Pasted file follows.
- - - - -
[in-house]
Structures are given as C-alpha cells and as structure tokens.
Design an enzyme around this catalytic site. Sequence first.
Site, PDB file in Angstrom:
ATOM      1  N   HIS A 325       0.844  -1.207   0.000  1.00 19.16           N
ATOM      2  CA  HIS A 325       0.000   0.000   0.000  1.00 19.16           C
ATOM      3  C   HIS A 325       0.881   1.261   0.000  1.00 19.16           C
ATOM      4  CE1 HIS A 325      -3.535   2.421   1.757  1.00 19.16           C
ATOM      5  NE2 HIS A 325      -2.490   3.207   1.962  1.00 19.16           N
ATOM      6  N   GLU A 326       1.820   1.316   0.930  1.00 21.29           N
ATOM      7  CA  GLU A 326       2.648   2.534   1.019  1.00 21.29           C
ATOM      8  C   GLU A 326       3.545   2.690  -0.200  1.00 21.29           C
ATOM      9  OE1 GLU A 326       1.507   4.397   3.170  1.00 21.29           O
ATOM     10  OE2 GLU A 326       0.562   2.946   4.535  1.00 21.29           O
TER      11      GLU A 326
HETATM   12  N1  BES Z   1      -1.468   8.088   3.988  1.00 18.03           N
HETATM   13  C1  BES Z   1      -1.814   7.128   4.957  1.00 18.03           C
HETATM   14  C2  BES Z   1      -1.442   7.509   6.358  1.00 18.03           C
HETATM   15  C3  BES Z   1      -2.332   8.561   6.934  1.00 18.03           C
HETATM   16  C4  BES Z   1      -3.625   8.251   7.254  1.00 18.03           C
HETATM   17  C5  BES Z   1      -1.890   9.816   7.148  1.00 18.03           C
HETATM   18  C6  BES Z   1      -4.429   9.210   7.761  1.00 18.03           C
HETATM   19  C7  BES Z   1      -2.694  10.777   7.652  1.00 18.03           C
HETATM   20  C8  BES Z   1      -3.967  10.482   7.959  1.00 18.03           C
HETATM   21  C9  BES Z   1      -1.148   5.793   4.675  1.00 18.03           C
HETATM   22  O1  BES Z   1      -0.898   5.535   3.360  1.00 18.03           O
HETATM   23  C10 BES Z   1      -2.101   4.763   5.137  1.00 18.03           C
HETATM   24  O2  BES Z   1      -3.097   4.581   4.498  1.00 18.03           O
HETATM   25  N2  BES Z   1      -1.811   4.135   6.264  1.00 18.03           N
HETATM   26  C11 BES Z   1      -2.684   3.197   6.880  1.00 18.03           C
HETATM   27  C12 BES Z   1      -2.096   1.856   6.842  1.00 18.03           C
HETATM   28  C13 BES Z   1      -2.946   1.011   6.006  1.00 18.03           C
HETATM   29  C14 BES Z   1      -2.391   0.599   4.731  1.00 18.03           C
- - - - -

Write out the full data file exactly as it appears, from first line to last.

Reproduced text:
[in-house]
Structures are given as C-alpha cells and as structure tokens.
Design an enzyme around this catalytic site. Sequence first.
Site, PDB file in Angstrom:
ATOM      1  N   HIS A 325       0.844  -1.207   0.000  1.00 19.16           N
ATOM      2  CA  HIS A 325       0.000   0.000   0.000  1.00 19.16           C
ATOM      3  C   HIS A 325       0.881   1.261   0.000  1.00 19.16           C
ATOM      4  CE1 HIS A 325      -3.535   2.421   1.757  1.00 19.16           C
ATOM      5  NE2 HIS A 325      -2.490   3.207   1.962  1.00 19.16           N
ATOM      6  N   GLU A 326       1.820   1.316   0.930  1.00 21.29           N
ATOM      7  CA  GLU A 326       2.648   2.534   1.019  1.00 21.29           C
ATOM      8  C   GLU A 326       3.545   2.690  -0.200  1.00 21.29           C
ATOM      9  OE1 GLU A 326       1.507   4.397   3.170  1.00 21.29           O
ATOM     10  OE2 GLU A 326       0.562   2.946   4.535  1.00 21.29           O
TER      11      GLU A 326
HETATM   12  N1  BES Z   1      -1.468   8.088   3.988  1.00 18.03           N
HETATM   13  C1  BES Z   1      -1.814   7.128   4.957  1.00 18.03           C
HETATM   14  C2  BES Z   1      -1.442   7.509   6.358  1.00 18.03           C
HETATM   15  C3  BES Z   1      -2.332   8.561   6.934  1.00 18.03           C
HETATM   16  C4  BES Z   1      -3.625   8.251   7.254  1.00 18.03           C
HETATM   17  C5  BES Z   1      -1.890   9.816   7.148  1.00 18.03           C
HETATM   18  C6  BES Z   1      -4.429   9.210   7.761  1.00 18.03           C
HETATM   19  C7  BES Z   1      -2.694  10.777   7.652  1.00 18.03           C
HETATM   20  C8  BES Z   1      -3.967  10.482   7.959  1.00 18.03           C
HETATM   21  C9  BES Z   1      -1.148   5.793   4.675  1.00 18.03           C
HETATM   22  O1  BES Z   1      -0.898   5.535   3.360  1.00 18.03           O
HETATM   23  C10 BES Z   1      -2.101   4.763   5.137  1.00 18.03           C
HETATM   24  O2  BES Z   1      -3.097   4.581   4.498  1.00 18.03           O
HETATM   25  N2  BES Z   1      -1.811   4.135   6.264  1.00 18.03           N
HETATM   26  C11 BES Z   1      -2.684   3.197   6.880  1.00 18.03           C
HETATM   27  C12 BES Z   1      -2.096   1.856   6.842  1.00 18.03           C
HETATM   28  C13 BES Z   1      -2.946   1.011   6.006  1.00 18.03           C
HETATM   29  C14 BES Z   1      -2.391   0.599   4.731  1.00 18.03           C